The one exception is ANZAC Day: if you march in the parade, you can go have a drink with the public while in uniform (but you still can’t get too rowdy or drunk). This is usually more of a big deal for 18yo reservists who think the fresh uniform will help pull chicks, hahah.
     
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  15. Turnip

    Turnip Practically Family

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    Same here, uniforms only for formal use, or maybe on the way home for commuters but these wear a combat or work suit but for sure no fiddle.

    No soldier would ever show up in a pub or worse wearing uniform here.

    The exceptions here were mostly poor boys who have been pestered by their oldies to show up once at home in first fiddle during basic training. Or those poor chaps who had to participate the Kieler Woche or similar events as folkloric accessory.
     
  16. Turnip

    Turnip Practically Family

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    In war times here most soldiers on holidays put off their uniforms they had to wear during traveling once they arrived at home and recruits weren’t allowed to leave their barracks anyway.
     
  17. 1961MJS

    1961MJS My Mail is Forwarded Here

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    My Dad was on Guadalcanal as a Station Chief and Weather Forecaster in 1945. He played badminton with the Captain and 1LT, I don't remember who the 4th was, but that was ALL THERE WAS for high ranking weathermen.
    Later
     
  18. Canadian

    Canadian One of the Regulars

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    My grandpa served in WWII as an Able Seaman. He was later commissioned when he volunteered for the Korean war. He never actually was deployed, was stationed out east somewhere on a big army base.

    He grew to be a Colonel in the reserves and my dad pretty much did the same thing, except that my dad was a Captain. When I was a cadet as a much younger man, there were serious differences between officers and enlisted. Enlisted men could get leave and go see family, while my grandpa had his young wife visit him on the base, involving a complex cross country train ride. While you are 'on course', you can't get leave, but I recall that officers socialized separately when they weren't on duty.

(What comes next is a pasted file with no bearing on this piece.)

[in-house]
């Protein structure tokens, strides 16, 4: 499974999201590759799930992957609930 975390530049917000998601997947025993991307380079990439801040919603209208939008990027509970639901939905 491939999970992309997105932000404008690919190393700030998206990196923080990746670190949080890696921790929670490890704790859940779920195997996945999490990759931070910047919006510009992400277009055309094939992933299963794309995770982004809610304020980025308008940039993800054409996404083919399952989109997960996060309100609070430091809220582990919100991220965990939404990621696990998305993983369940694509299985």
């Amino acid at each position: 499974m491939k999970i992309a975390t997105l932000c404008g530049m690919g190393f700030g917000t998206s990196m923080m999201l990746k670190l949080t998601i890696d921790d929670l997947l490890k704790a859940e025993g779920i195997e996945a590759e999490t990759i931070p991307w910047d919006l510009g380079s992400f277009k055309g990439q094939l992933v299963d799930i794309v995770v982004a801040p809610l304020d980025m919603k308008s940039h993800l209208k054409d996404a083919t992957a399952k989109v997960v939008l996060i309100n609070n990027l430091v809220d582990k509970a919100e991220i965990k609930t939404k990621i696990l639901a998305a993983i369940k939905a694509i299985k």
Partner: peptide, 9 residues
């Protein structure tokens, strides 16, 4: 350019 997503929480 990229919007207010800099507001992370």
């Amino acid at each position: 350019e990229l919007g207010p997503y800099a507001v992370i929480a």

As for going to a bar where enlisted men were, it wouldn't happen. Officers are officers who are in a position to be privy to private data. They, at least in Canada would have a small number of regular dance partners and there wouldn't be mixing with others. They had separate dances and meals.

    My dad told me that the only difference between the enlisted dining hall and the officers mess is that in the officers mess, the food was served by a steward. Enlisted men had to queue for their food.

    While a young man, I was instructed to not address officers in uniform or after hours, not to be too much of a pal. I remember being on a bus to a function as a cadet (basically a Canadian version of ROTC) and one of the other guys told an officer that it was a fine day, and that officer just started screaming at him about how he was not to talk to him and that he was to talk to his sergeant and never to address him. I can obviously imagine how much we'd want to socialize with them. This was in the summer of 1999.

    I remember a dance they threw for us at a big competition. The music was kind of rock/pop and there was a do, not a live band. Strictly not officer entertainment.

    C.
     
  19. Peacoat

    Peacoat Bartender Bartender

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    About 25 years ago, I woman I know, who was enlisted, started dating a Lieutenant. His superiors found out and read the riot act to him. He was told his options were limited if he wanted to continue dating her: One or the other could leave the Army, or she could go to OCS and obtain a commission. Only then could they resume their relationship.

    The first option wasn't palatable to either of them, so she applied for and was accepted into OCS. She subsequently graduated and was commissioned. His superiors were satisfied. The relationship resumed and they were married. Didn't hurt his career as he made General years later. She made Captain and resigned her commission when they decided to start a family.

    So, fraternization between officers and enlisted is still frowned on, and an officer who does so puts his career at risk.
     
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  20. Turnip

    Turnip Practically Family

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    When I joined the club the officer candidates already had a „slightly“ differently conditioned basic training.
    Returning from the shooting range the enlisted cleaned their guns in their barracks while the OCs platoon did the same outside in the rain. OCs have also always been the last to leave their barracks for weekend, had separated casinos and so on and so on...
     
    Last edited: Oct 12, 2020